stratocaster mandolin? is that the name for this instrument?

They kicked things off with their MTV Buzz Bin classic, “Something’s Always Wrong.” The band was all smiles, and seemed genuinely happy to be playing. Phillip’s voice is still sounds has amazing as it did in the early 90’s, if not better. Bassist Dean Dining proved that he is still one of the most underrated bass players out there, plucking out some amazing low-end melodies on his 5-string fretless bass. The way his voices blends with guitarist Todd Nichols on back up vocals is even more intense and chilling in person than on record. Their deep voices make a great counterpoint to Phillip’s comparatively high pitched voice.

The majority of the main set was devoted to fan favorites and album cuts. And throughout the main set, nobody on stage stopped smiling for more than a few moments. I had a hard time believing that these guys seem to keep breaking up. They had such a great, silly rapport going with each other, and looked like they were loving every minute of it! About halfway through the set, Phillips joked out the unstable nature of the band, comparing their relationship to that of high schoolers that never can decide if they want to stay together, then him & Dinning procceeded to play an unplanned duet of Peaches & Herb’s “Reunited,” with the rest of the band trying hard to hold in the giggles. The “unplanned cover” song came up later on the set when Phillips started whistling Dave Brubeck’s “Take 5” while Nichols was tuning his guitar, prompting Dinning and drummer Randy Guss to join in for nearly a minute. The whole thing came to an end when Phillips started laughing, and then told the crowd that it is virtually impossible to whistle in front of an audience because you can’t not smile at a crowd, but you can’t whistle while smiling, and that we need to respect whistlers more because of the difficulty of their craft.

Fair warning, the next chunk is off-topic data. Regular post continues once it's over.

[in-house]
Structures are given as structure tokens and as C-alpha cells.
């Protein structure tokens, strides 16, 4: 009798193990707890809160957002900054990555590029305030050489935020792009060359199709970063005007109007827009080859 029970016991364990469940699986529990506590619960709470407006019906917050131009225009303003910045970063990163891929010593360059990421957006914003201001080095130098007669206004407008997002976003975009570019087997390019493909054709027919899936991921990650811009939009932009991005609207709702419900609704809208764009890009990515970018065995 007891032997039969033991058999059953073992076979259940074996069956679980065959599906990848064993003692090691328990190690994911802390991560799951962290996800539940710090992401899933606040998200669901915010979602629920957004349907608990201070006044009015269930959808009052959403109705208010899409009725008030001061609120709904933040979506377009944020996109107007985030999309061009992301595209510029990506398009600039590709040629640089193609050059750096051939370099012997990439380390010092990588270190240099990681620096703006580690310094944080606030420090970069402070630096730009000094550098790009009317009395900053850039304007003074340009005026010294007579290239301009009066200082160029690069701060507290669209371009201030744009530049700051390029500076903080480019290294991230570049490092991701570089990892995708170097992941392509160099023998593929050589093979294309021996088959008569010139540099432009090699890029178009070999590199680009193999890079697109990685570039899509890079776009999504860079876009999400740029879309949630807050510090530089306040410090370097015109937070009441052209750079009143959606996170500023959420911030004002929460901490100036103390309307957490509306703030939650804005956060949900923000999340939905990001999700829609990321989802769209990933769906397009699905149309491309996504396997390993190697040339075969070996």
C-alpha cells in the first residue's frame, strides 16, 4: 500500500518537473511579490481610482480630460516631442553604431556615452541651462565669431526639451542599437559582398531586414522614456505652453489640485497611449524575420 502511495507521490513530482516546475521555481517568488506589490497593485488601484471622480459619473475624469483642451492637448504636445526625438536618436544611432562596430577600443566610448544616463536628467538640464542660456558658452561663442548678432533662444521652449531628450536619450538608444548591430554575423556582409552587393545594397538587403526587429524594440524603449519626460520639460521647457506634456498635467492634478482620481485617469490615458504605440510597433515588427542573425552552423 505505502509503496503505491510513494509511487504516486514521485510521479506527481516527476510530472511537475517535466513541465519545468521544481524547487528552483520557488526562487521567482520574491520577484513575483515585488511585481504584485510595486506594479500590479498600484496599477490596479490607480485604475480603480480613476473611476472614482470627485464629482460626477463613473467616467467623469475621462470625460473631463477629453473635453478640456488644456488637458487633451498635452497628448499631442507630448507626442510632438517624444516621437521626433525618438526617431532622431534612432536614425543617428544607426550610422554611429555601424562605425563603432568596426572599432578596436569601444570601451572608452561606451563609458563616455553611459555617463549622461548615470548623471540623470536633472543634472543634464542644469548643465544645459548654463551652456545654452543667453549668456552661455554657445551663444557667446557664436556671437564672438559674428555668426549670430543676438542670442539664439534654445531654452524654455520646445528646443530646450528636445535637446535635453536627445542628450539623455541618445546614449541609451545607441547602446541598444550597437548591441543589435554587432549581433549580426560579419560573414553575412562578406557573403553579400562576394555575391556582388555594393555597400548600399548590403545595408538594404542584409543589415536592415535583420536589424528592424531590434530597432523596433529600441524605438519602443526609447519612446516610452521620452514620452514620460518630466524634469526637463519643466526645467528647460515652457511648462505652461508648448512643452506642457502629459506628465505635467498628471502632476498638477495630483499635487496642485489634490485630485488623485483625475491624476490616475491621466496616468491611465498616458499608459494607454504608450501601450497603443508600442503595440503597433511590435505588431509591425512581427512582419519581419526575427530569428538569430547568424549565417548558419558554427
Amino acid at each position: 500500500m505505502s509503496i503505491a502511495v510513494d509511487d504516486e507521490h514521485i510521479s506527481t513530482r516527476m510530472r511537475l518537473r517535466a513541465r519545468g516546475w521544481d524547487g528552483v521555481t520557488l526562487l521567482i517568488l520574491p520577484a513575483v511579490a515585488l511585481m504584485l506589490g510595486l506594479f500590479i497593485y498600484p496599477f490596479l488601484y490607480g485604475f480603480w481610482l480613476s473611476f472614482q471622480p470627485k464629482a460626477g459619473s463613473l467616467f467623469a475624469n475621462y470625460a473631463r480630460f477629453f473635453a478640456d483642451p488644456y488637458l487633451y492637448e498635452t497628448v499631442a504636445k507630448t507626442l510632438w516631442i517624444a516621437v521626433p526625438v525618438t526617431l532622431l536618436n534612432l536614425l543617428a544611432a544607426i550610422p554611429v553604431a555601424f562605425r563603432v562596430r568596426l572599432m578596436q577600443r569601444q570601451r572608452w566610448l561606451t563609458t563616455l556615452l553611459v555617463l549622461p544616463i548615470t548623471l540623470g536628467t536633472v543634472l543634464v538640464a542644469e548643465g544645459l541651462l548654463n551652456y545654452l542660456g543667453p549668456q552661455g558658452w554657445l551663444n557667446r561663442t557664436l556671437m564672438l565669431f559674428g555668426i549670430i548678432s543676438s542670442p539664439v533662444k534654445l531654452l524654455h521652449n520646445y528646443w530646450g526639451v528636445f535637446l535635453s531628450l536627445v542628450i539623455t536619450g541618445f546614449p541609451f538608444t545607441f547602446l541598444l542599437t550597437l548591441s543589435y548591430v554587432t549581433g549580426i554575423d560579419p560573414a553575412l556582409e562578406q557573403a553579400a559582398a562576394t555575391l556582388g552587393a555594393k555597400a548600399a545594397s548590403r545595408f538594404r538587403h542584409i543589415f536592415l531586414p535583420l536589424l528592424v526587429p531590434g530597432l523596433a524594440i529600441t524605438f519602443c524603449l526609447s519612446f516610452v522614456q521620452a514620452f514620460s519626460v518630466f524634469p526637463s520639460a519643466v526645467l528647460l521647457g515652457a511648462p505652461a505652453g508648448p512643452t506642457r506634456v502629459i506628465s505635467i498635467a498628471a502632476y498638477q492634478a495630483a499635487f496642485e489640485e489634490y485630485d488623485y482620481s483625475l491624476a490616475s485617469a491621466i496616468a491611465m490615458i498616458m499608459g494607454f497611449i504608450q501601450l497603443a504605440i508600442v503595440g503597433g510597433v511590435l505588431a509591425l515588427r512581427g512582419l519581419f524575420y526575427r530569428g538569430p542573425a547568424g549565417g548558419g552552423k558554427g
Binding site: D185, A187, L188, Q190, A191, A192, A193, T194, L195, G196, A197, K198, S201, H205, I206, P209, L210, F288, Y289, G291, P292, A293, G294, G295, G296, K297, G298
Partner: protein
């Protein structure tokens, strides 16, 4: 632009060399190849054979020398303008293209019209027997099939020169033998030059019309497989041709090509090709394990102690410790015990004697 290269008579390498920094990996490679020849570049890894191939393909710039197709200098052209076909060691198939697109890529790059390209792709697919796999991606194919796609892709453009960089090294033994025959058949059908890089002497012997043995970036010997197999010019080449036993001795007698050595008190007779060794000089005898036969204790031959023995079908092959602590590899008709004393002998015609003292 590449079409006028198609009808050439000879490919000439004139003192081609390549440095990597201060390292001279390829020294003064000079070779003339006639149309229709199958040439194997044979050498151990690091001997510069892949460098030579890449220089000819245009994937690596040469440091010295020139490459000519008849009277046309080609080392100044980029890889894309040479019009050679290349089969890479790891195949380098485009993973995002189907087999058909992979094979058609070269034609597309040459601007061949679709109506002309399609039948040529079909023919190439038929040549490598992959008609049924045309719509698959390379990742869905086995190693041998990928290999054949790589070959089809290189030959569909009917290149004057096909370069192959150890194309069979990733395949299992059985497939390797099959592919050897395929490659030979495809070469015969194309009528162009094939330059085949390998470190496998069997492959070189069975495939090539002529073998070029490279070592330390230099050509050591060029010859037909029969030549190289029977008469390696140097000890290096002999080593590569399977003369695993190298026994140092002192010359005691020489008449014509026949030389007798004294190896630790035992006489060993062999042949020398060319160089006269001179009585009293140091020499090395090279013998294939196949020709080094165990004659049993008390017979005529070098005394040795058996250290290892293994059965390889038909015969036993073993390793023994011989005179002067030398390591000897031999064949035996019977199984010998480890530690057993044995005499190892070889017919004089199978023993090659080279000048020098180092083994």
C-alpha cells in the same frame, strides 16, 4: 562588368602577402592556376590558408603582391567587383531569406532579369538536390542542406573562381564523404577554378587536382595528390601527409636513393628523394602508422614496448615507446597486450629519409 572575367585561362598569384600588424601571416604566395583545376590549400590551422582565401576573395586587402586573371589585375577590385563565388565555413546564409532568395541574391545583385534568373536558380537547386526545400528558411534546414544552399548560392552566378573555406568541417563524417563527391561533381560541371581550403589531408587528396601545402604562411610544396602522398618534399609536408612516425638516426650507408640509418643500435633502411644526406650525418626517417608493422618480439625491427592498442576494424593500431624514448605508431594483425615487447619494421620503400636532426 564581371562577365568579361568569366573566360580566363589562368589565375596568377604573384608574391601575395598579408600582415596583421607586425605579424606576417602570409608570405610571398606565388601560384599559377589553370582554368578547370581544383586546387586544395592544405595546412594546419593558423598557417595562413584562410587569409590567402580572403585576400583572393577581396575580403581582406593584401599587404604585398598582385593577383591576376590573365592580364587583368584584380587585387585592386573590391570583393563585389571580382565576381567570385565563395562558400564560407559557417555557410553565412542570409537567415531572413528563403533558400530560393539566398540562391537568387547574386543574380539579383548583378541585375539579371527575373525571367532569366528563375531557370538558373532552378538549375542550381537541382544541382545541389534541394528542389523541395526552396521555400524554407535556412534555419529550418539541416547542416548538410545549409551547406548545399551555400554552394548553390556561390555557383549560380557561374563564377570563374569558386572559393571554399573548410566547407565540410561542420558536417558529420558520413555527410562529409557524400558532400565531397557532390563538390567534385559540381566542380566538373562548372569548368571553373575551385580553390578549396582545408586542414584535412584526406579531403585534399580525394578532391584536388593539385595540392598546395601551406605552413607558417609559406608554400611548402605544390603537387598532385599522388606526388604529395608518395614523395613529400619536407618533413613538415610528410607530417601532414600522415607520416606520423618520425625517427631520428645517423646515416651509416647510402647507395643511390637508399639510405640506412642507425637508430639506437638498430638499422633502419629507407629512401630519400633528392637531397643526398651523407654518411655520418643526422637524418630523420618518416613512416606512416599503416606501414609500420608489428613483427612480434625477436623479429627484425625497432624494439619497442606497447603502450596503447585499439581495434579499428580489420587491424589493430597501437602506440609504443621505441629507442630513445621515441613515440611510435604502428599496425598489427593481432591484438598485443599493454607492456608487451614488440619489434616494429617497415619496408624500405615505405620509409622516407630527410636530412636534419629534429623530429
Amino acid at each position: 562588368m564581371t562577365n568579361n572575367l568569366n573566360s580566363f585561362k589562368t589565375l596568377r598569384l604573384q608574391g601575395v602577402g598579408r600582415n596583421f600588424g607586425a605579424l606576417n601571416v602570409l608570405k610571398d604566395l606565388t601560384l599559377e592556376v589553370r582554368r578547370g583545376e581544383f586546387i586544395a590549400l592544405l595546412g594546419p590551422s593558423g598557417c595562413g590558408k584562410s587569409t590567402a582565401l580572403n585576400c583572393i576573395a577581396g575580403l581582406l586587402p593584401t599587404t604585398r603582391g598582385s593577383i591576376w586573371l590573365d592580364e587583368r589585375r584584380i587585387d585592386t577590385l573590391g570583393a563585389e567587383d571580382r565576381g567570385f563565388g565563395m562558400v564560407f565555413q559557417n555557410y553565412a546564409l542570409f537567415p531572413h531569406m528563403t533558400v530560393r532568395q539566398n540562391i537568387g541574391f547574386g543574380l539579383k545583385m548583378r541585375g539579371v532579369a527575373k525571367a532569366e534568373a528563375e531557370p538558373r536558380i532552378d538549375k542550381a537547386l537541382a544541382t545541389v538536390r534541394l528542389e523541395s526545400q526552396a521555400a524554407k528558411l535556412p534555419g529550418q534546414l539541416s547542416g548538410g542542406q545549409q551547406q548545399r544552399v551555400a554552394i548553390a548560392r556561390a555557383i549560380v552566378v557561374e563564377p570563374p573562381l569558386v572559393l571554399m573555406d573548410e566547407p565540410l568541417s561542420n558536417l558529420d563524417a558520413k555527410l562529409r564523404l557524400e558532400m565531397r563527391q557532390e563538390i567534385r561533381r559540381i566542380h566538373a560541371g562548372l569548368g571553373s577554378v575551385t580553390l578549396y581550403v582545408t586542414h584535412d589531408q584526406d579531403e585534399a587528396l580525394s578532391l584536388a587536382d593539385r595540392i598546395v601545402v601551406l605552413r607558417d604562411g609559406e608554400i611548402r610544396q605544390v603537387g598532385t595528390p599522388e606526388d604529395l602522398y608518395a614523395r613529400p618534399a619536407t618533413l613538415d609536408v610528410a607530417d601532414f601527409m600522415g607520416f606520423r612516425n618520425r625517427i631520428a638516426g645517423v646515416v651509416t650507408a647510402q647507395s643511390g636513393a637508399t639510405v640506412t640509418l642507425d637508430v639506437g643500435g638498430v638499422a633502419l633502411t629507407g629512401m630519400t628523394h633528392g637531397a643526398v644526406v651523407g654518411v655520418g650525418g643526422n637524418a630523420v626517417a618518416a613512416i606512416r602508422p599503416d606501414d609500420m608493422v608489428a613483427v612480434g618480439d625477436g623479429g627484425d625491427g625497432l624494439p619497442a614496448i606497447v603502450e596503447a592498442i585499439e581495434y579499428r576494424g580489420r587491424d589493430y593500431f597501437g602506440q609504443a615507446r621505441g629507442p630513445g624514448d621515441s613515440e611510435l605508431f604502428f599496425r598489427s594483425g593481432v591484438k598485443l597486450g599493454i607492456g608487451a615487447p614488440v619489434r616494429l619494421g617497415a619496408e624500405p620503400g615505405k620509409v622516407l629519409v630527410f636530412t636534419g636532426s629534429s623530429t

The band closed the set with the #1 Modern Rock charttopping double header of “All I Want” and “Fall Down.” The former song done with the audience taking the first verse and chorus, and Phillips singing the rest. The energy was blistering! These two track maybe two of the finest songs in the 90’s alt-rock cannon, and they played with pure heart.

The silly factor increased again for the encore. The bulk of the band did an improvised cover of The Tube’s “She’s A Beauty,” including Phillips and Dinning alternating leads, but Nichols seemed to be very embarassed. Phillips then said that the whole band loves The Tubes, causing Phillips to get very defensive and inform the crowd that he does not feel the same.

The show closed with a rousing, crowd pleasing sing along on “Walk On The Ocean.” Dinning made sure to apologize to the crowd for the long wait between San Francisco shows, and told us that they will be back sooner rather than later. I hope that they keep that promise.

Set List:

Somethings Always Wrong
Rings
Stupid
Woodburning
Crowing
Good Intentions
Is It For Me
Windmills
Torn
Born
Know Me
Nightingale Song
Come Back Down
Whatever I Fear
Nanci
All I Want
Fall Down

Come Down
Brother
Walk On The Ocean